, Gloucester, MA

October 19, 2012

Rockport Cubs reject Scouts' anti-gay stand

By Marjorie Nesin Staff Writer
Gloucester Daily Times

---- — Leaders of the Rockport Cub Scouts have taken a stand against a national Boy Scouts of America policy that prohibits homosexuals from participating as Scouts or as adult volunteers with Scout troops.

Rockport Pack 55 Cub Scout’s den leaders and council members said in a prepared statement that they “vehemently disagree” with Boy Scouts of America’s July decision to formally reaffirm that the national group has no plans to change its membership policy, which “does not proactively inquire about the sexual orientation of employees, volunteers, or members,” but “does not grant membership who are open or avowed homosexuals.”

Rockport Cub Master Lizabeth Finer said Thursday that the Rockport council members voted unanimously Tuesday to reject the national Boy Scout policy, joining two other North Shore scouting groups — in Beverly and Marblehead — in denouncing the Boy Scouts of America position.

“The benefits of Scouting should be available to all children and their families, regardless of sexual orientation,” the Rockport group wrote in a statement.

Finer called the Boy Scouts’ don’t-ask, don’t-tell style policy outdated.

“It’s definitely behind the times,” Finer said Thursday. “The military, for goodness sake, doesn’t even have that policy anymore.”

Finer said that, while she’s not aware of the national policy creating any specific contentions in Rockport, it could be partly at fault for the low membership and registration numbers the pack has seen in recent years.

“People have said if the Boy Scouts are not allowing gays, we don’t want to be a part of it,” Finer said. “I’m assuming the reason why our registration is down is not because they have children who may be gay, but because they disagree with the policy. We wanted to let them know that we don’t agree with this just because we’re Scout leaders.”

Rejecting the Boy Scouts of America policy could give the Boy Scouts of America reason to revoke Rockport Cub Scout’s charter membership. Finer said that fear delayed the council’s action slightly, inspiring discussion — but that the council still voted unanimously to oppose the Boy Scouts of America’s membership stance.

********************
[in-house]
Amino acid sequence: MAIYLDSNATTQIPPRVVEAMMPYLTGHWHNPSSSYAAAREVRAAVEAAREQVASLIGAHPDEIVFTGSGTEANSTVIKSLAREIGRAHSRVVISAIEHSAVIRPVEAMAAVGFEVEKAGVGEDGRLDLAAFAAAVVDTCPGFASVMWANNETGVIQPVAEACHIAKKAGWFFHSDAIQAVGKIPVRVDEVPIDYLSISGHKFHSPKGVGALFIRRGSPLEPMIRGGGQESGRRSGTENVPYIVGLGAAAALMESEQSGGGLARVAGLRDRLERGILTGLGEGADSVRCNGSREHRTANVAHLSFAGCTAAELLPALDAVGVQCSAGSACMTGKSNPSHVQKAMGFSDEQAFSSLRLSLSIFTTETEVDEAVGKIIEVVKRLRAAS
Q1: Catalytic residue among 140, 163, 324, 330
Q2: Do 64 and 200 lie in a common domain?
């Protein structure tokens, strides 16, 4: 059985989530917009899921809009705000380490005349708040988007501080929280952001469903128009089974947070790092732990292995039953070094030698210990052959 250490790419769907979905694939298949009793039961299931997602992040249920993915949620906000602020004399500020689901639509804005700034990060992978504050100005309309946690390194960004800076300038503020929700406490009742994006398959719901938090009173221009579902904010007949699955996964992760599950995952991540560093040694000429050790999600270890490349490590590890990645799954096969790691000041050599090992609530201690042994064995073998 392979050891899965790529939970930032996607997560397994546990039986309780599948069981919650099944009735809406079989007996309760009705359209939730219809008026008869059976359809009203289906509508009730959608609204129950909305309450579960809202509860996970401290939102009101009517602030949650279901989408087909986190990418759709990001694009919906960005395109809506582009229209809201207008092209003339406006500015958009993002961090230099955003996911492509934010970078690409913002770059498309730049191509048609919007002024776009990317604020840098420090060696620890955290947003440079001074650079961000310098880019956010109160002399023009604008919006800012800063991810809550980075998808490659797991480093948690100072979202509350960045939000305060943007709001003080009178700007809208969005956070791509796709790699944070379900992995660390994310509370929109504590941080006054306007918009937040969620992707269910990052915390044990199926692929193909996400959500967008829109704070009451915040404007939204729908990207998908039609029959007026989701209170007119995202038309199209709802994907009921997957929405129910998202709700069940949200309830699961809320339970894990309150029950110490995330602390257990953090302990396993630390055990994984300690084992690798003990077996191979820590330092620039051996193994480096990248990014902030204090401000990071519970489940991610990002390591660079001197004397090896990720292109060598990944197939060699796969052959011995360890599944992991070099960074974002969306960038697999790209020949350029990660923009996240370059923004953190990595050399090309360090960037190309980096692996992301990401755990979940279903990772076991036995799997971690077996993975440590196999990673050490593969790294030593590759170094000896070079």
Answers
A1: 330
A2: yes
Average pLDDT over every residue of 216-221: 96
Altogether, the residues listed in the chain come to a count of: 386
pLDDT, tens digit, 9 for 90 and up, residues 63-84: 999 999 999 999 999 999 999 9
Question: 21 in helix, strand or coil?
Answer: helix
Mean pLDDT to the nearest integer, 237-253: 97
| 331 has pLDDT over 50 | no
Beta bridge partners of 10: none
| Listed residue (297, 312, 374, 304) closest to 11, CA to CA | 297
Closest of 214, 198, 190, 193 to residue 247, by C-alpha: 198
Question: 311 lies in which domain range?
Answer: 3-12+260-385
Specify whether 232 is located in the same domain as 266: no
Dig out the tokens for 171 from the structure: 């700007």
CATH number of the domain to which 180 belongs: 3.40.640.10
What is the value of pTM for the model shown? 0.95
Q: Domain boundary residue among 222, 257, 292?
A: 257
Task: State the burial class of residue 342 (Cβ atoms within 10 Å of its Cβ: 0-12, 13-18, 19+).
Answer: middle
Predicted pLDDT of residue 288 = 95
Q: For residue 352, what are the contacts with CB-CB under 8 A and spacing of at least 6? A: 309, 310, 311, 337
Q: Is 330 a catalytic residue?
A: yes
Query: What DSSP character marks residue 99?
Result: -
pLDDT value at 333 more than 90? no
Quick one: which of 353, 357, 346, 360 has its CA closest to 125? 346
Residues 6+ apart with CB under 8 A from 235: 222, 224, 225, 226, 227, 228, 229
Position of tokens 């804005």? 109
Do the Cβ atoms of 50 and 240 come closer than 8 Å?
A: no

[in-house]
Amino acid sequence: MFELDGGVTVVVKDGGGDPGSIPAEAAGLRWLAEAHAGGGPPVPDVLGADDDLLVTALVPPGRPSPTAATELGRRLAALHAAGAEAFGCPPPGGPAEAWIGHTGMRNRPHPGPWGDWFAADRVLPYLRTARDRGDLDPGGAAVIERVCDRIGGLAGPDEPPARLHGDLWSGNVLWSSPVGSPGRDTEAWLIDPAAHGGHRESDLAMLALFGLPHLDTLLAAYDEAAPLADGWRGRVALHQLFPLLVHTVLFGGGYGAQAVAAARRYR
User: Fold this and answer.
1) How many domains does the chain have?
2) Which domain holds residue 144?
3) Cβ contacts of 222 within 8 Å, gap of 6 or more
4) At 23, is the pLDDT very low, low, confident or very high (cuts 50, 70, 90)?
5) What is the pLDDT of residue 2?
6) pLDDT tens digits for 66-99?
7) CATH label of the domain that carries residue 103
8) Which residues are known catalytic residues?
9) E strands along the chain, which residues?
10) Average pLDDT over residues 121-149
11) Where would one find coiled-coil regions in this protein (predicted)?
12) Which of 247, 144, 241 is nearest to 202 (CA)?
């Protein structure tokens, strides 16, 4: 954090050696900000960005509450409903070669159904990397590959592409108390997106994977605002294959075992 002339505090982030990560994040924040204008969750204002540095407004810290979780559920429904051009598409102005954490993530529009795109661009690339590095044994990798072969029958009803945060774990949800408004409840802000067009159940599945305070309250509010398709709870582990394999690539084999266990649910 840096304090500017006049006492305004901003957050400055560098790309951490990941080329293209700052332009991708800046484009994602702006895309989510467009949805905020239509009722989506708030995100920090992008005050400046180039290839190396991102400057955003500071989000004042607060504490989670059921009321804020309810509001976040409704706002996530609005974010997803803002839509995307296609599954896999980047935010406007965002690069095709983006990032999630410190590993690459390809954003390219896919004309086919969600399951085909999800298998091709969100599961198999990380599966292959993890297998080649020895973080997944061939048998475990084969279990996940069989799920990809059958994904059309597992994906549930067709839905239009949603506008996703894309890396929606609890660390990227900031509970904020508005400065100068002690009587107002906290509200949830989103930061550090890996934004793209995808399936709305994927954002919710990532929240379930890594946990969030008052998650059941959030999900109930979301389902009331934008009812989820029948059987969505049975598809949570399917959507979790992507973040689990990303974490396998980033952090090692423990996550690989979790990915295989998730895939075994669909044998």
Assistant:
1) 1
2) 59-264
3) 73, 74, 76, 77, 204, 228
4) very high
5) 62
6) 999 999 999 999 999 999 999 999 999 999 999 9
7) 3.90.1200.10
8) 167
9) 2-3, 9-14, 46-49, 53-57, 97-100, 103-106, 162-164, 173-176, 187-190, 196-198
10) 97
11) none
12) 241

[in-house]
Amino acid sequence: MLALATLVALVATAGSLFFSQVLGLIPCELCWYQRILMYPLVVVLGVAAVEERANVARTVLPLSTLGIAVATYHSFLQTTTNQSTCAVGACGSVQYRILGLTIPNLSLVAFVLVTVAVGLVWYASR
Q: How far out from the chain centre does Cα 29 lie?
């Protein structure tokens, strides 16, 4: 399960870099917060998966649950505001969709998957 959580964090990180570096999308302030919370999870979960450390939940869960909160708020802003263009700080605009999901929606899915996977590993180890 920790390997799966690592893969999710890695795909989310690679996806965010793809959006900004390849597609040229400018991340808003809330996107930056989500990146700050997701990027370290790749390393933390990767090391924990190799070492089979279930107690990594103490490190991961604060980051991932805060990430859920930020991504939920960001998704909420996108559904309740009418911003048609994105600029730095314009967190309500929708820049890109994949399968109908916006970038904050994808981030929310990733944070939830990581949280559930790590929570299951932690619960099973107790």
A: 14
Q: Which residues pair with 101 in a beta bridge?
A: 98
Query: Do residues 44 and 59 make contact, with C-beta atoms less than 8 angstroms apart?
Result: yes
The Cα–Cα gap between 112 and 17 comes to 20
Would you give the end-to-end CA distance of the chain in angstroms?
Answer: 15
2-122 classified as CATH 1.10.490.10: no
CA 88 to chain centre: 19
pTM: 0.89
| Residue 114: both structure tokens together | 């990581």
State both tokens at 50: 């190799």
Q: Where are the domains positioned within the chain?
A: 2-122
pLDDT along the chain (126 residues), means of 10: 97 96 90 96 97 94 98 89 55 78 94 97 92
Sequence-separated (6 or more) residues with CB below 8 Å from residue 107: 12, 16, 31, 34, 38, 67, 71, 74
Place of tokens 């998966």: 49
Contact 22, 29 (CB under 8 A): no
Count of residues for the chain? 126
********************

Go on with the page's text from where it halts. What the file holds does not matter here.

The national Boy Scouts policy on homosexuality had resurfaced in July as the organization completed a two-year examination of its membership standards, at the urging of many civil rights activist groups.

The national organization’s decision to continue denying membership to gay scouts has prompted many Scouts to turn in their badges. And one teen Scout in the San Francisco Bay area was denied the Boy Scout’s highest honor, the Eagle Scout Badge, soon after the Boy Scouts of America’s reaffirmation of their policy and based on his sexual orientation.

Ryan Andresen was set to receive his Eagle Scout award after almost 12 years of participation in the Scouts, when Boy Scouts of America denied him the award because he was openly gay. Andresen’s mother, Karen Andresen started an Internet petition at the beginning of October, urging that troop to change their policy and sign her son as an Eagle Scout. The petition had over 410,000 signatures of support Thursday.

Finer said the Rockport troops’ hope is similar to Andresen’s mother’s wish: if enough troops stand up against the Boy Scouts of America’s policy, the opponents could see the need to change it.

Kevin Michols, an official at the Yankee Clipper Council, which oversees Scouting in northeastern Massachusetts and southern New Hampshire, did not return calls and emails for comment on the matter Thursday.

Finer said that, whether or not Rockport Scouts lose their operating privileges, the parents will find another way for their kids to organize and volunteer in a group.

For now, Finer said, the council’s decision to take a stance against the Boy Scouts of America’s position allows parents an opportunity to talk with their children about some of the core values of Scouting — values she said, “that this policy seems to go against.”

Core Scouting values include courage, compassion, honesty and respect, according to Finer.

“That’s courage, we have to stand up and say this is what we believe in,” Finer said. “How much respect and compassion is there if you’re not allowing a homosexual person to be a leader if their son’s in the Scouts?”

Marjorie Nesin can be reached at 978-283-7000, x3451, or at